Agile end-to-end

Agile end-to-end

This is the sixth piece in a series of blogs by Phuah Aik Chong, Astro Chief Technology Officer

In some of my past articles, I have covered the transformation journey we have embarked on, focused quite a bit on Lean Innovation techniques, the adoption of Cloud, active talent management and becoming a data-driven enterprise – all contributing to our “digital reinvention”.

This article looks at why and how we are adopting Agile to transform not only the way we develop products and services, but how we constantly stay aligned with our customers’ desires and also how we remove internal organisational barriers and apply lessons learnt along the way.

Over the past few months, as part of our journey in adopting Agile, we realized that Agile is not just about software development but about being Agile end-to-end. To many people, Agile is simply an iterative software development approach which delivers value earlier than Waterfall, with lower risk, better quality and helps keep development teams and the business aligned, because they work together in the same teams doing things in small iterations. While this alone is a major improvement over traditional Waterfall approaches, there is more... Agile is a mindset change that should influence our overall organisation culture. Agile is not going to be successful if it only takes place in the software engineering team.

Why is Agile important to Astro?
The media industry is probably one of the most disrupted industries in this digital revolution. Product lifecycles are getting shorter, customers are overwhelmed by choices and new players can quickly disrupt established leaders. To survive in this digital era, Astro has to accelerate and stay future proofed by delighting our customers through continuous innovation.

The first reason for adopting Agile is that it improves our focus on Customer Value. By constantly prioritising product or service features based on the value perceived by our customers, we ensure that our products and services stay aligned with their expectations. We measure the value by observing customer behaviours when they are exposed to new features, not using our opinion or even their feedback. If experiments show that the perceived value is low, then the decision to reprioritise features or even cancel them becomes natural. This is why experiments introduced by Lean techniques fit well with Agile. For example, we have seen an increase in video consumption from continuously experimenting with how Video On Demand content is being surfaced and recommended to our customers. This is both on our connected set top box and the Astro Go video streaming product, and we have also been experimenting with different methods for users to sign up to consume our digital products in order to ensure we provide the most frictionless registration journey.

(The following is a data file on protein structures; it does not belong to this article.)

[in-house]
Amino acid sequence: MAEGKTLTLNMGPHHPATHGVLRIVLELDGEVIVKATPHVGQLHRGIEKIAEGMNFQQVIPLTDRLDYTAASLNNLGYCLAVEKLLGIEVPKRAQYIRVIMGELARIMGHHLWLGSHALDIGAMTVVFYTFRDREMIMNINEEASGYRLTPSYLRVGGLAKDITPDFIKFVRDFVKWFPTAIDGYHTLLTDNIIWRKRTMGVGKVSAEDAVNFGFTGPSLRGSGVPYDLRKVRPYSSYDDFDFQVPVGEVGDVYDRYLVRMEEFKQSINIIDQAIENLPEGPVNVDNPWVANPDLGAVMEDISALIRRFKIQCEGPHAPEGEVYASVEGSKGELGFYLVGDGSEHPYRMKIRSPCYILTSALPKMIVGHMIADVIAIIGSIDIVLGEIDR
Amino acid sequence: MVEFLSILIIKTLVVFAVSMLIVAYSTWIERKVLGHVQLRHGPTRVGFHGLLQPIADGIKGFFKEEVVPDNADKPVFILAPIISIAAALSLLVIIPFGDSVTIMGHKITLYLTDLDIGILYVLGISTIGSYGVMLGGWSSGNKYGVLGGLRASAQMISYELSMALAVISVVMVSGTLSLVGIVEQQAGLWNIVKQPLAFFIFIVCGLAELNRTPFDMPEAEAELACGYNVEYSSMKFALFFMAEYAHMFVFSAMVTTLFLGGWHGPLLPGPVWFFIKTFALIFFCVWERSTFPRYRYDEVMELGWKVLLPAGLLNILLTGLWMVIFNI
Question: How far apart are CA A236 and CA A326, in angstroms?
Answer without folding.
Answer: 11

Secondly, as Agile encourages frequent releases of smaller (therefore less complex) batches of work, as opposed to large monolithic releases, the level of risk of each release has reduced and the amount of rework has come down significantly. Moreover, since each Agile iterations include design, build and test activities, defects are identified earlier and the overall quality is improved. For products that have adopted agile development, we are now able to demonstrate them to stakeholders after every 2-week sprint cycle, then have it quickly tested & fixed (if there are any bugs) instead of waiting for multiple months before seeing something at the end of a long process. The DevOps techniques such as continuous integration/continuous deployment and automated testing further enhance the velocity of the engineering team.

Once teams are focusing their efforts on proven customer value and focusing on smaller batches of work, changing course when necessary becomes much easier and this is why Agile enables us to constantly and quickly re-adapt ourselves to changing conditions.

Why is Agile a challenge to Astro?
Moving to Agile has not been that straight forward for us; the fact is, we have been in this business for over 20 years and there are various established processes, legacy technology stacks and skillset constraints that we have had to overcome in order to shift gear.

Changes of this magnitude take time and they are not easy. They require a genuine intent and continuous focus from the senior leadership team. We are fortunate in Astro that we have had the full support of our senior management to drive this initiative and help us to ensure we could transform Astro into an agile, nimble and innovative company.

We now need to shift our business and project management mindset from being timeline focused to customer value focused. Instead of simply holding delivery dates as the main measure of success for a product launch, we need to move towards making sure we deliver the right experience and value to our customers before releasing the product or services to the market. At the end of the day, it is about the customer, not us!